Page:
Now if the studios would release movies that are worth going to see in the first place…

  19. Blueskylaw says:

    This is like professional athletes fighting their owner for millions in salary, no matter which one of them wins, we still lose.

  20. PLATTWORX says:

    Went to the movies last weekend for the first time in over a year or so. Was suprised to see it is now $11 per person! Heck, I can buy the DVD for less if I wait a few months.

    Why the NATO thought more than a handful of people would pay $60 to rent a Ben Stiller and Eddie Murphy movie as VOD escapes me. It had to be the bigger point… not this film.

  21. Such an Interesting Monster says:

    This clearly shows that movie theaters can exert great power against the studios when they choose to. It pretty much makes all their excuses as to why the movie going experience has become so shitty complete bullshit. Like how we need to sit thru 20 minutes of commercials and pay $6 for $0.25 worth of popcorn and soda because the big bag studios force them to by stealing all their ticket revenue. Uh-huh. Suuuuuure.

  22. HogwartsProfessor says:

    Yes, but they will always do this with shitty movies. There are no good major movies anymore.

    People who want the theater experience (big speakers, huge screen, artery-clogging popcorn, etc.) will still go to the theater. Let managers enforce some of the no-talking, no-phone, no-rugrats-in-R-movies-after-six rules and the experience will be better. Maybe the rest of us who don’t go anymore will do so at that point.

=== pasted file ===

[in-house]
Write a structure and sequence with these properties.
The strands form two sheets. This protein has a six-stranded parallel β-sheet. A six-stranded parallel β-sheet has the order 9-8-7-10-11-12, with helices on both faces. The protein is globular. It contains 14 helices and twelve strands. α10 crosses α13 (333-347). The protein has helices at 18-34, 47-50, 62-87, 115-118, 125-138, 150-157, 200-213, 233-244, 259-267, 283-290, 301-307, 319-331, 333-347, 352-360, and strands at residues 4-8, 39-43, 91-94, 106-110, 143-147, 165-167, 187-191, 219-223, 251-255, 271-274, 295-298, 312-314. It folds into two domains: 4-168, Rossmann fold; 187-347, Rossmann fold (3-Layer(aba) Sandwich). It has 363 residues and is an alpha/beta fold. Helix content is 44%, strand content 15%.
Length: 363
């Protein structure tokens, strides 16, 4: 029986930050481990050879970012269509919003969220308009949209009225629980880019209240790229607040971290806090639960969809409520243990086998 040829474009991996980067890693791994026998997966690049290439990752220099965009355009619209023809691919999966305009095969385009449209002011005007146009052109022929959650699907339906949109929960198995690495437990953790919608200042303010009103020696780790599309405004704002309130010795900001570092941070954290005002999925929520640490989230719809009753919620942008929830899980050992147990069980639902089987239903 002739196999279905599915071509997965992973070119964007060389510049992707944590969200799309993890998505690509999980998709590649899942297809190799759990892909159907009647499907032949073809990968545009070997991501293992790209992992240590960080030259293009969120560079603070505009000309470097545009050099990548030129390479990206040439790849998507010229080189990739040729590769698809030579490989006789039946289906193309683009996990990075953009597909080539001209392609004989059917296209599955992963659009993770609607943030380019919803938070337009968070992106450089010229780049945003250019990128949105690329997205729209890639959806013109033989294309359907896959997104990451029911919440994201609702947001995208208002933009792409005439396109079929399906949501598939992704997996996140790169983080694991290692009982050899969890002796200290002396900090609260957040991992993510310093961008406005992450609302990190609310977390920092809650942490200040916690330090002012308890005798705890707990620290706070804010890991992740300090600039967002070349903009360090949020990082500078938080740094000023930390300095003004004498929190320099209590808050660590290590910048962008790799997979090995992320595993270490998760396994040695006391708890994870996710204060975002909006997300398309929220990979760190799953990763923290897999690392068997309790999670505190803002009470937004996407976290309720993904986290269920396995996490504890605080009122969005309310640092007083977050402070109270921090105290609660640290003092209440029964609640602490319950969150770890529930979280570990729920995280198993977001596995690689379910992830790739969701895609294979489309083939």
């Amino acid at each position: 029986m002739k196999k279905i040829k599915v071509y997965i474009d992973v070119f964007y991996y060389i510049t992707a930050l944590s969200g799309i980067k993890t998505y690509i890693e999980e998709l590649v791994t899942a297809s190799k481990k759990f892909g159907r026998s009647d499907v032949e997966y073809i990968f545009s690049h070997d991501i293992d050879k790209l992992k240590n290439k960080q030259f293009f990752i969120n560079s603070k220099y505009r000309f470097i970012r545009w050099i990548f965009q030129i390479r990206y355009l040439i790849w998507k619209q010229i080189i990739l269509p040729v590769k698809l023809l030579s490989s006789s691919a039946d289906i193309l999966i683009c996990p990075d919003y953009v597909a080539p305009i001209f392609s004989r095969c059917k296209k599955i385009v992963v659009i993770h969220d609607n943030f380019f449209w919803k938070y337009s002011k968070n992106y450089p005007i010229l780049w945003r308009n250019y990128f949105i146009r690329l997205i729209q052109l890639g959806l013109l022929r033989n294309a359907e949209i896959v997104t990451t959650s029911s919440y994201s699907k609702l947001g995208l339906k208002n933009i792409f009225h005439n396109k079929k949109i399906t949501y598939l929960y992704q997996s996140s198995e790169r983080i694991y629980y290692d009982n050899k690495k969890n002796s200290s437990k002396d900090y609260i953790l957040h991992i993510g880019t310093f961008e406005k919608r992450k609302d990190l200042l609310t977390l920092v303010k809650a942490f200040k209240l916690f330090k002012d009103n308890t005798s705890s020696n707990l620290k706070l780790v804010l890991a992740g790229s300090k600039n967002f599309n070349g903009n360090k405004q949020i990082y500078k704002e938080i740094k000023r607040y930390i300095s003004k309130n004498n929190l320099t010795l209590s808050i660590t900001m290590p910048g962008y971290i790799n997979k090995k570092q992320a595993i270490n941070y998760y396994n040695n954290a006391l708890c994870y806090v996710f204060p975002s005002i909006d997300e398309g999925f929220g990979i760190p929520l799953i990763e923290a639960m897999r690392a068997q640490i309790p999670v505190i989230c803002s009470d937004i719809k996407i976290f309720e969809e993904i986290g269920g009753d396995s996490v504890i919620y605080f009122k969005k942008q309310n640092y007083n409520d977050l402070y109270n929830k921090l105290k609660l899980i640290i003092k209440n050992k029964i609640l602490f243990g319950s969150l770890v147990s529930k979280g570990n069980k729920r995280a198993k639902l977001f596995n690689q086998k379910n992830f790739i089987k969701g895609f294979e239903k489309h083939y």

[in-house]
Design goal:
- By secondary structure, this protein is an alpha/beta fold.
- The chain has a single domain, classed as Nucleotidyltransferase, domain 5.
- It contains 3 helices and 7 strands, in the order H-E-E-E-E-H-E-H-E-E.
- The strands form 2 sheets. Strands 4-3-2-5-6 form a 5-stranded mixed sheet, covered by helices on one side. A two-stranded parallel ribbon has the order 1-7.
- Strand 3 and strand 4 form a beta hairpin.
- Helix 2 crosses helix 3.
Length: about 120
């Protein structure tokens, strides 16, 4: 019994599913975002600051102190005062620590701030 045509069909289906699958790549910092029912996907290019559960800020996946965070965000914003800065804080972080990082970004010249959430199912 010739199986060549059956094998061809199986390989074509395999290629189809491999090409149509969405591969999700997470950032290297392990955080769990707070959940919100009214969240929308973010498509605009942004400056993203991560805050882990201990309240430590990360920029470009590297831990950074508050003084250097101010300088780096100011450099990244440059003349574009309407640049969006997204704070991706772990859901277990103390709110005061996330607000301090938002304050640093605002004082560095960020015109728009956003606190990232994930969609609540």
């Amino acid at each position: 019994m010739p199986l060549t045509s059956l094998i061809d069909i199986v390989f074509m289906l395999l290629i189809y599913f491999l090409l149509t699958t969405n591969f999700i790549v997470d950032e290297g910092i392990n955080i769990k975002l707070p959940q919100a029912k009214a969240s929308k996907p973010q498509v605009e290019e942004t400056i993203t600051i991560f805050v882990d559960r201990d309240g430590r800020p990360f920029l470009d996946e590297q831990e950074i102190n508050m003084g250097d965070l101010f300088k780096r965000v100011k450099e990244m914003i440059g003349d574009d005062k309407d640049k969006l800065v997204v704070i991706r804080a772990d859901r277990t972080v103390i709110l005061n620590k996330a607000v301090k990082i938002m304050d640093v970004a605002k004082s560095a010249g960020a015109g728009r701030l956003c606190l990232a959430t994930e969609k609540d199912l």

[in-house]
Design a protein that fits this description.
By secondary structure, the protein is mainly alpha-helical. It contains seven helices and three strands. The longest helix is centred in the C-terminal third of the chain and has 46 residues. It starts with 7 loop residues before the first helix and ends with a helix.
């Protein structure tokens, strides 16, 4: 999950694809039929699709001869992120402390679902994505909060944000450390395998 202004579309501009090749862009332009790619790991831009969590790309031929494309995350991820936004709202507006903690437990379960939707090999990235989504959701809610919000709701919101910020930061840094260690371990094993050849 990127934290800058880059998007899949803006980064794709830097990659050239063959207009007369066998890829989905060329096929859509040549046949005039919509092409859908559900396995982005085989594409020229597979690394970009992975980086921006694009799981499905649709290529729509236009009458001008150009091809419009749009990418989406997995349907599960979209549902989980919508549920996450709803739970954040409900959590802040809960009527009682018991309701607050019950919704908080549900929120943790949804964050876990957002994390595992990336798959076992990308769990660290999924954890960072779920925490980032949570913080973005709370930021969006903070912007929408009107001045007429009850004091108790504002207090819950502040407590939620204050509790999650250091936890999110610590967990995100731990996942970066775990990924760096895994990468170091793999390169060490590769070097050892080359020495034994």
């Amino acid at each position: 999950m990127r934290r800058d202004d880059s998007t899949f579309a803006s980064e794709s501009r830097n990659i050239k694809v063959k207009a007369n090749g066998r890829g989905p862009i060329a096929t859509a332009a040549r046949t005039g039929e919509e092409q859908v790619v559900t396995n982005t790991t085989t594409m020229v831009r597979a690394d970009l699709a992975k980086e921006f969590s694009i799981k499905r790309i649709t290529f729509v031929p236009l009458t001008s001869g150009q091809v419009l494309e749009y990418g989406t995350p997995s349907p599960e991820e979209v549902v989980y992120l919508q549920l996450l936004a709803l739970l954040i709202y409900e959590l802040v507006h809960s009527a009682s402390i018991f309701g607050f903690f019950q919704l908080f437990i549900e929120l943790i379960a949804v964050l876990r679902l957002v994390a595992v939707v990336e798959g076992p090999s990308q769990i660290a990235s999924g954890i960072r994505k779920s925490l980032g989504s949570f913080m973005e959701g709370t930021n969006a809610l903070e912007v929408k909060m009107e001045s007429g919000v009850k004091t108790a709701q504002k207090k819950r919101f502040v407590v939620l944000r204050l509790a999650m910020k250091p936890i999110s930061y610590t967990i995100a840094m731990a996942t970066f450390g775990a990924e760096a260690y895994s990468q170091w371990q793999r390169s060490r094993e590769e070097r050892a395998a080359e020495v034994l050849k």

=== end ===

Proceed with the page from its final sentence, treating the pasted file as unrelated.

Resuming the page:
I’m still dying to try the Alamo place everyone keeps talking about someday. That’s the kind of theater I would patronize.

  23. Anna Kossua says:

    Sixty dollars!? If you earn $12 USD per hour at your job, you would have to work an hour overtime every day for a week, to pay to see that film. (Less of course if you factor in overtime pay.) Who wants to work for 5 hours just to see a 1.5 hour movie that’ll probably be stupid anyway?

    I’m not sure what kind of delusional, parallel universe these Hollywood moguls live in, but it must be nice!